Keeping it moving, gradually pour in the milk and don't worry if it doesn't look smooth. Just keep whisking steadily. It won't take long for the sauce to smooth out from this:
To this:

Now add the sherry and broth and whisk smooth. Let it bubble gently for 8 or 10 minutes to thicken a bit, but lower the heat if it really starts to boil. You just need a gentle bubble so it doesn't scorch.
Finally, add the cooked pasta and all vegetables into the sauce along with 1-1/2 cups parmesan cheese and stir together well. Add salt and pepper to taste now.  I'm using a heavy dutch oven that can go straight into the oven, but you may turn this all into a large casserole dish if you prefer.
[I have not listed it here, but the original chef's recipe from the early 1900's for Chicken Tetrazzini included almonds. Feel free to add some, I have never included them but they would only improve the dish and I think I've just talked myself into adding them next time.]
Top with another 1/2 cup of Parm and move to the 350 oven for 30 minutes or until bubbly and browned.

Serve with plain crunchy french bread and a side of green salad with vinaigrette to balance all this rich and creamy deliciousness. And if you'd like to kick up the flavor element even more, click that broth link above and make your own super-tasty homemade that beats the canned kind all to bits.

This week at Food Network's Comfort Food Feast we're blogging about Comforting Casseroles.  Check out the other delicious sounding recipes from my blogger friends. 

Wednesday, January 22, 2014

Homemade Chicken Stock, Pressure Cooker Style

Homemade chicken stock is something I cook when I'm going to be in the kitchen anyway, working on something else. It only takes a few minutes to get it started - the real time is in the long simmering on the stove. Unless you have a pressure cooker and then it's done in 30 minutes! I'll tell you how to do it both ways and you may find that it's so easy and delicious that you make the switch to homemade more often.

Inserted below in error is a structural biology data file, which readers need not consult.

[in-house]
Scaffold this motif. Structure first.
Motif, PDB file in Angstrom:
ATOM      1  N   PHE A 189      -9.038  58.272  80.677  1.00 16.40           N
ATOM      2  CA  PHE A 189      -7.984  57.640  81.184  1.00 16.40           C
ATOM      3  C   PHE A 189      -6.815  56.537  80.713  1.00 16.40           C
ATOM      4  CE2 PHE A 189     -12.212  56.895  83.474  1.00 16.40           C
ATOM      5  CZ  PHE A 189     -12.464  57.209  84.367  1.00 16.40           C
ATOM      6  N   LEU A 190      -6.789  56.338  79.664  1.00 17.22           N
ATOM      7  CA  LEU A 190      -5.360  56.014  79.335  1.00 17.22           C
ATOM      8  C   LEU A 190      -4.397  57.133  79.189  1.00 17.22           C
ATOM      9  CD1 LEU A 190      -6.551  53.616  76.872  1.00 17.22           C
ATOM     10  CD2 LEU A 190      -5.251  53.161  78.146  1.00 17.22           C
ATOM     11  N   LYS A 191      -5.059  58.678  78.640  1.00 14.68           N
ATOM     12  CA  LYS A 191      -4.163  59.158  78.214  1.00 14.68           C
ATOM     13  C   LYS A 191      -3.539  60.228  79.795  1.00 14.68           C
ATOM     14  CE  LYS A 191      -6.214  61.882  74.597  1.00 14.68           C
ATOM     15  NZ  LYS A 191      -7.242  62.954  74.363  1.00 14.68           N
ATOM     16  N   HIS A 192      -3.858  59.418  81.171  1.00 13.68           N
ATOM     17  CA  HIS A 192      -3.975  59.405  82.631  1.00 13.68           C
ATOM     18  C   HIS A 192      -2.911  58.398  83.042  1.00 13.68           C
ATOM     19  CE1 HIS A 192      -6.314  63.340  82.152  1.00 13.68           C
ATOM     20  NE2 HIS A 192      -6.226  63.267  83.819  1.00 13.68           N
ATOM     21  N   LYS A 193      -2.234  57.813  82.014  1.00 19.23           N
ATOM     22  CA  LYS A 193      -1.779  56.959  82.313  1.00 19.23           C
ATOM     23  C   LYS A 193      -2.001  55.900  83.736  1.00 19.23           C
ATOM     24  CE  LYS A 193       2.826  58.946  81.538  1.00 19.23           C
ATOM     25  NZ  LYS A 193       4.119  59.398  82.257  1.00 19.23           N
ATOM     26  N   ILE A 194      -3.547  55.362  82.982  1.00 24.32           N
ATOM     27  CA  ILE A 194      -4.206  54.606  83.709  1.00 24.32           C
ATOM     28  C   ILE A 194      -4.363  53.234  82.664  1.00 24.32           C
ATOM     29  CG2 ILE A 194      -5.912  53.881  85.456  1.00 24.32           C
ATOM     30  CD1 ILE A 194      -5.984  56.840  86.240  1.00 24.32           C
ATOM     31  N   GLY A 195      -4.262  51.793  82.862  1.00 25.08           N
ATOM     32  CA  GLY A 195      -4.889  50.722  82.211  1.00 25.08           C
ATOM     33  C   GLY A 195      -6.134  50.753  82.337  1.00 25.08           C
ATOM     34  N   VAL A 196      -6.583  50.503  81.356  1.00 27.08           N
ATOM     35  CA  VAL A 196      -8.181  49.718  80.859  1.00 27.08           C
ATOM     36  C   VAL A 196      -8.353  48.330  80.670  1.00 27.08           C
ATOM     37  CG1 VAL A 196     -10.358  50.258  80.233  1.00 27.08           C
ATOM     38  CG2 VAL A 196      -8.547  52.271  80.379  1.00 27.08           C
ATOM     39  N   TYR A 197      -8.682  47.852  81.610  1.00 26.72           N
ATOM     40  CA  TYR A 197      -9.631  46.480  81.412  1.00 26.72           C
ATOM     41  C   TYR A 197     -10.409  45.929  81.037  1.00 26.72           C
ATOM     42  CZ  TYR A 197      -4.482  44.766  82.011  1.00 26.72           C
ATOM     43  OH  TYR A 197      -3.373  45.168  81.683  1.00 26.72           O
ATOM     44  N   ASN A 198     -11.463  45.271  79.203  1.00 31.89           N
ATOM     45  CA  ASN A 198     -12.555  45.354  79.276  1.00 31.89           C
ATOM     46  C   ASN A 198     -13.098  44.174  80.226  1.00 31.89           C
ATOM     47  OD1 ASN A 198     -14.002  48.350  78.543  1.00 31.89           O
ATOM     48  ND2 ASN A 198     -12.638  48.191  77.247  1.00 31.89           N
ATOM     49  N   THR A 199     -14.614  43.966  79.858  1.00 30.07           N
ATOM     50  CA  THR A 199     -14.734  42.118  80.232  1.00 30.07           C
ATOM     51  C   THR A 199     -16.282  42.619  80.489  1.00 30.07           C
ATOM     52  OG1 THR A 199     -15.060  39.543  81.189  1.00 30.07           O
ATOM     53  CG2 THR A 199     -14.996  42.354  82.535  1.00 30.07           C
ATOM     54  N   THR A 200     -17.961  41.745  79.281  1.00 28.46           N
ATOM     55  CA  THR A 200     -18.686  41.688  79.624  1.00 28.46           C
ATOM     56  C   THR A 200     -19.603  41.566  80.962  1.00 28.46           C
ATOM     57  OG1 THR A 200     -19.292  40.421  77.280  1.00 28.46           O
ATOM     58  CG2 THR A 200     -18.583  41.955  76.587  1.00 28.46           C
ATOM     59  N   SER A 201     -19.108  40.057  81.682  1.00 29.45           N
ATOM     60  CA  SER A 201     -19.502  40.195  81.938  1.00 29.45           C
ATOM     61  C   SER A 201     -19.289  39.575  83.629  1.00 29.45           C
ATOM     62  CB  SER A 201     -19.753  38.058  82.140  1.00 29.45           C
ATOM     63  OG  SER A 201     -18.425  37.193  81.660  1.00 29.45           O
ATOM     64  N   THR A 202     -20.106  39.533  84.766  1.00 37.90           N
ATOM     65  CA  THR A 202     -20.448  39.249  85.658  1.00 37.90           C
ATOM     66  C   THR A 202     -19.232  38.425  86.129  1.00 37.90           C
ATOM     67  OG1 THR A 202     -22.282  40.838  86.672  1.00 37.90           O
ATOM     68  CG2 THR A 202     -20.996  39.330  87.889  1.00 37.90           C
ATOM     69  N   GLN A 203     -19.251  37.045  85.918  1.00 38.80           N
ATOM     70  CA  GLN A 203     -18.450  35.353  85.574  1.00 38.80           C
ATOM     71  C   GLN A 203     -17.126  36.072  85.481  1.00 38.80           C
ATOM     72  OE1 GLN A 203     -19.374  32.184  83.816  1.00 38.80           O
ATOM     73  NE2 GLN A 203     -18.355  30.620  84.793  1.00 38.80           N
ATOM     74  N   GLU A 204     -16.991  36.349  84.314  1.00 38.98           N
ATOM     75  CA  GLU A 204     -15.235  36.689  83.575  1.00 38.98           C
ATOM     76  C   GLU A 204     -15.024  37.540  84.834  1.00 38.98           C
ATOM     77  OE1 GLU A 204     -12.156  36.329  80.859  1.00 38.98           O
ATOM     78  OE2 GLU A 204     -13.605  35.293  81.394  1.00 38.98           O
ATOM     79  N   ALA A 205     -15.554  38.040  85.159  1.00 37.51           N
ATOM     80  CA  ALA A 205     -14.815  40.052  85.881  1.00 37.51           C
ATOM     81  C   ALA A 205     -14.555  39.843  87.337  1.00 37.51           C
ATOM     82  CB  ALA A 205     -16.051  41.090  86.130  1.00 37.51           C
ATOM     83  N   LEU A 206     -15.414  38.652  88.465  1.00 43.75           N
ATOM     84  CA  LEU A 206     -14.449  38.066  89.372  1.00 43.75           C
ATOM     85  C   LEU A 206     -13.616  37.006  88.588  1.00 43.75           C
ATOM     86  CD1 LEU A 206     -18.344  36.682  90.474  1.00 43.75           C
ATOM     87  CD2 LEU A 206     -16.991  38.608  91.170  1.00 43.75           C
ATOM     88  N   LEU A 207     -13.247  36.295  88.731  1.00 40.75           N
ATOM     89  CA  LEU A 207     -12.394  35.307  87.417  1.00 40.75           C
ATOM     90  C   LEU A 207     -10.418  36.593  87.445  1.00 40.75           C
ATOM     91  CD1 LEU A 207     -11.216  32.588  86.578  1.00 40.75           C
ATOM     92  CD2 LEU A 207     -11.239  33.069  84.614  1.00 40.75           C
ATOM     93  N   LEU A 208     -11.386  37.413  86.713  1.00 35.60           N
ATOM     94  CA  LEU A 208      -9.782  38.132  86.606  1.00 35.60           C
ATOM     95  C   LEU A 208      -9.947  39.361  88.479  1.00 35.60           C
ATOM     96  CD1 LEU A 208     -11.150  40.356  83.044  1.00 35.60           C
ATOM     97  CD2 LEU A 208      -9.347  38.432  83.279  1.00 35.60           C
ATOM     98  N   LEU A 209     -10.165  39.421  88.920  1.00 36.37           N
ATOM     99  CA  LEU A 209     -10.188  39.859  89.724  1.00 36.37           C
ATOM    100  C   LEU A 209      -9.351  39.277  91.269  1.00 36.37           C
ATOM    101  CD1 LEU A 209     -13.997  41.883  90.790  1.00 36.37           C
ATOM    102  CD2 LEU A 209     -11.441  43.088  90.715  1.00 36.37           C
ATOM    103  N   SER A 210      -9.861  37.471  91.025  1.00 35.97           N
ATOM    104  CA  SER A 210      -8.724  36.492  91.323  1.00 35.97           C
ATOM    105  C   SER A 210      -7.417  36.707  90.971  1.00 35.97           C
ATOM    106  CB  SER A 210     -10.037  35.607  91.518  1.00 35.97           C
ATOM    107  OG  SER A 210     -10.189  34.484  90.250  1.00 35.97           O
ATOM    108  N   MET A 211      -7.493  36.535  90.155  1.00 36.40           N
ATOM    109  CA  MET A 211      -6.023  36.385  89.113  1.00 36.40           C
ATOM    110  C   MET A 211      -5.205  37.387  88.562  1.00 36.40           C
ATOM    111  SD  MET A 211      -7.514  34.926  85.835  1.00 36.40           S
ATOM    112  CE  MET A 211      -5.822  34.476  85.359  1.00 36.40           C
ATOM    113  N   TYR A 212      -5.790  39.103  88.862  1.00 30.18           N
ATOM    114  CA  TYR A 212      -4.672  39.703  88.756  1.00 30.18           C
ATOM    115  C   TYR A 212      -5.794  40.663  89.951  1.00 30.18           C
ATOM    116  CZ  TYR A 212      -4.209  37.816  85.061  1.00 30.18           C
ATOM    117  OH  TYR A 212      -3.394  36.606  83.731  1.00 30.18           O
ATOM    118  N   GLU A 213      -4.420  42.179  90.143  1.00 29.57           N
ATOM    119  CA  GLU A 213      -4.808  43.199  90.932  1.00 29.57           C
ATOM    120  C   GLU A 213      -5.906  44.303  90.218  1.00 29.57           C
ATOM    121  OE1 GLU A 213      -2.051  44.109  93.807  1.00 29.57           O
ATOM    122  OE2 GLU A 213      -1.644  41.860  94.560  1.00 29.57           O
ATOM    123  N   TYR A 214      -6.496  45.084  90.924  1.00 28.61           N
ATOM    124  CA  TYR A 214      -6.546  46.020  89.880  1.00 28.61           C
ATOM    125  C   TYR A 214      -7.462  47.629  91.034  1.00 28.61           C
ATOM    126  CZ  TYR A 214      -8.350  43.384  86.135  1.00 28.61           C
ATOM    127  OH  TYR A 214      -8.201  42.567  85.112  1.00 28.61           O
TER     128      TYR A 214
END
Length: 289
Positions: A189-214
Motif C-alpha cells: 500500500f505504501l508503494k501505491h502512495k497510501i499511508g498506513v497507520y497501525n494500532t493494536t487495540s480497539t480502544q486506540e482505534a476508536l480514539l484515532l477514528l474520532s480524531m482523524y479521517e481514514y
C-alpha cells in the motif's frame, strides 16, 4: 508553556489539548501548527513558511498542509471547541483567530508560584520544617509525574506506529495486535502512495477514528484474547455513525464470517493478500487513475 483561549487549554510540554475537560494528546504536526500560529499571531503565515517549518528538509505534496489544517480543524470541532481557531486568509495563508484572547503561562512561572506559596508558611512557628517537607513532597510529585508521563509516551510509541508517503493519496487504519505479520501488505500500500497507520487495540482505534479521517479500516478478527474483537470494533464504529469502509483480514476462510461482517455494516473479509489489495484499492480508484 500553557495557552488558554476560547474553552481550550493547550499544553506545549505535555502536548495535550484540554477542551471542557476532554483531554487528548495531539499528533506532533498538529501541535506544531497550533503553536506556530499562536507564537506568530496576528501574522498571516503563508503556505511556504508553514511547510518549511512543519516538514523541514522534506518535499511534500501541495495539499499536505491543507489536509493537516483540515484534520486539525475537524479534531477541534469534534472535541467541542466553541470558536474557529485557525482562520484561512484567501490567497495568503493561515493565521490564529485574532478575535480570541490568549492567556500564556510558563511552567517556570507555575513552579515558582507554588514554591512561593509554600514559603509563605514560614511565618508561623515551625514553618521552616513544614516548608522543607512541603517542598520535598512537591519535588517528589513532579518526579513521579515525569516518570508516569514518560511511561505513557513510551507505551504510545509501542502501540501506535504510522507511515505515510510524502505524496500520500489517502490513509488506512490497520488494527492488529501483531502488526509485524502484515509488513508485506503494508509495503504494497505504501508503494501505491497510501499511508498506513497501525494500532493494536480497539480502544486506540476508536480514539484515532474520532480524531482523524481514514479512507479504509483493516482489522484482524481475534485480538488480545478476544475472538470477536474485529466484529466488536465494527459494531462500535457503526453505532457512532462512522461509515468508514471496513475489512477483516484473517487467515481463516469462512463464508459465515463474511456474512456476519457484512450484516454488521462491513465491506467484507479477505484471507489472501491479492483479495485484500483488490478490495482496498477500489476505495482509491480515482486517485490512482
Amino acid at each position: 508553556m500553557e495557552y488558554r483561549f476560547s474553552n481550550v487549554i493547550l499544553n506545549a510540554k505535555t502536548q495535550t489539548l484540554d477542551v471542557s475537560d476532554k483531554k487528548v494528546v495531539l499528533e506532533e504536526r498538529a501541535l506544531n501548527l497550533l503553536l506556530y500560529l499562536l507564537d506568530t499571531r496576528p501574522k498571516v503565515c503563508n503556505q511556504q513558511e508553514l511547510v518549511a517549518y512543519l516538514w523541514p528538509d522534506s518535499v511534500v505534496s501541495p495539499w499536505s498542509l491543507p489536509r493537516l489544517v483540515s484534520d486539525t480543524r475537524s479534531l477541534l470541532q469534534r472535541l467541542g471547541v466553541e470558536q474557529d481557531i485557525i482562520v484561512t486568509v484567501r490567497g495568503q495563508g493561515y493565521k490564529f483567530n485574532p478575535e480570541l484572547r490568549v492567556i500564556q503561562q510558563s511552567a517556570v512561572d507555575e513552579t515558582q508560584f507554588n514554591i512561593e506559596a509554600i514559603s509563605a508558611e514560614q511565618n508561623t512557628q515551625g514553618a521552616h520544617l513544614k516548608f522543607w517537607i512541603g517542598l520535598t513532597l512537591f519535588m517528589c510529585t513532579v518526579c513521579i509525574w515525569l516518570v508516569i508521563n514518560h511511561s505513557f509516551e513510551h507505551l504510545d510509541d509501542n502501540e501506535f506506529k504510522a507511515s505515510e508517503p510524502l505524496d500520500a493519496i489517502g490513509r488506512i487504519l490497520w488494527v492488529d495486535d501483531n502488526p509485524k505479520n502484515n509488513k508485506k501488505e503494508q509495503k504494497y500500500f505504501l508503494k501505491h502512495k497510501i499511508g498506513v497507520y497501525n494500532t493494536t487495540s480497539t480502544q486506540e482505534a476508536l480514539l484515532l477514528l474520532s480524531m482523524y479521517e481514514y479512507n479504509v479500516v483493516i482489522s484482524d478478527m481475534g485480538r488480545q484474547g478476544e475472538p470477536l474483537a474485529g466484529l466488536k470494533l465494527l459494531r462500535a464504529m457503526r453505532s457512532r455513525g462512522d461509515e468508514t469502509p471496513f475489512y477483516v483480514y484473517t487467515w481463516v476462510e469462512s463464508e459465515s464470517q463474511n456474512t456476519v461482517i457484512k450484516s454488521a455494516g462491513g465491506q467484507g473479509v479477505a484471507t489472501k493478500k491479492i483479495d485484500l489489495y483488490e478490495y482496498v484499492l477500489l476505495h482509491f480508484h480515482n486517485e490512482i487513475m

Let's assume you have a new generation pressure cooker (not that crazy thing your grandmother used). Before closing it up for the pressure cooking part, we're going to take a few minutes to brown the vegetables and chicken to develop some wonderful flavor that will transfer to the stock as it simmers.
Start with a thin layer of olive oil and drop in 5 chicken legs or thighs with skin and bones intact for flavor. Brown nicely on all sides and move them to a plate for the next round. Rough chop the vegetables: one big onion, 3 or 4 ribs of celery with the leaves, and one carrot, preferably one which looks like this little headless carrot-man above. Add the carrot and celery to the pot and toss a bit to coat then brown these as well. 
  Remove these and follow with the onion just long enough to brown.  
Now add everything back to the pot and cover with water, at least 4-6 cups. Throw in 3 or 4 garlic cloves. They don't need to be peeled, just smashed a little. Some fresh parsley and a few sprigs of thyme are also good. 
IF you're using a pressure cooker put the top on now and bring up to pressure, lower the heat, and cook for 30 minutes. You will not believe how rich and deep the flavor will be in this broth! The pressure cooker drives flavor into the food rather than losing it to evaporation. The controlled high temperature creates a browning reaction that makes for amazing flavor development. (If you are using a stockpot instead, cover now and simmer - don't boil! - for 3 or 4 hours. You will probably need to start with more water also, 8 cups or so, since it will evaporate.)
(Only 30 Minutes later in the PC)
(Straining the broth through cheesecloth.)
You can see how incredibly rich this is, looking almost like gravy! If you're using it later, refrigerate and it will be easy to remove the fat layer from the top once it is cold. Otherwise, skim it off as best you can before adding this broth to your soup or sauce.
 Now, I find that the chicken often retains its flavor in the pressure cooker and is so tender it can be used for soup or casseroles. Taste it and see what you think. (If you've used the traditional method of 3-4 hours in a stockpot, it will not be fit for anything but the wild animals foraging through your nightly trash. Sorry, mum.)